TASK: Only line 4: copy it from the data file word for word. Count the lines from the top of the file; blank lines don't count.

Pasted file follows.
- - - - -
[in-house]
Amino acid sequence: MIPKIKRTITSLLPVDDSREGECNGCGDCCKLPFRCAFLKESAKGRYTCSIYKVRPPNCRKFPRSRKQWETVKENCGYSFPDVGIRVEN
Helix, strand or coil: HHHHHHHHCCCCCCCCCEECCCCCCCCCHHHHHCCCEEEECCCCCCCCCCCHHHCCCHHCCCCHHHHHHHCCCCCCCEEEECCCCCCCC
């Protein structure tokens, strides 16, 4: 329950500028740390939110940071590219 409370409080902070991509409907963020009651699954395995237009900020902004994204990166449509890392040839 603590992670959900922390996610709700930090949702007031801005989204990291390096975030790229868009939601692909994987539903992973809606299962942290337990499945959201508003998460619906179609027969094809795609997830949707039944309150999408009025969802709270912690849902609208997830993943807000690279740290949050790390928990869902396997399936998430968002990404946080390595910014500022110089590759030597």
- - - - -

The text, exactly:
């Protein structure tokens, strides 16, 4: 329950500028740390939110940071590219 409370409080902070991509409907963020009651699954395995237009900020902004994204990166449509890392040839 603590992670959900922390996610709700930090949702007031801005989204990291390096975030790229868009939601692909994987539903992973809606299962942290337990499945959201508003998460619906179609027969094809795609997830949707039944309150999408009025969802709270912690849902609208997830993943807000690279740290949050790390928990869902396997399936998430968002990404946080390595910014500022110089590759030597």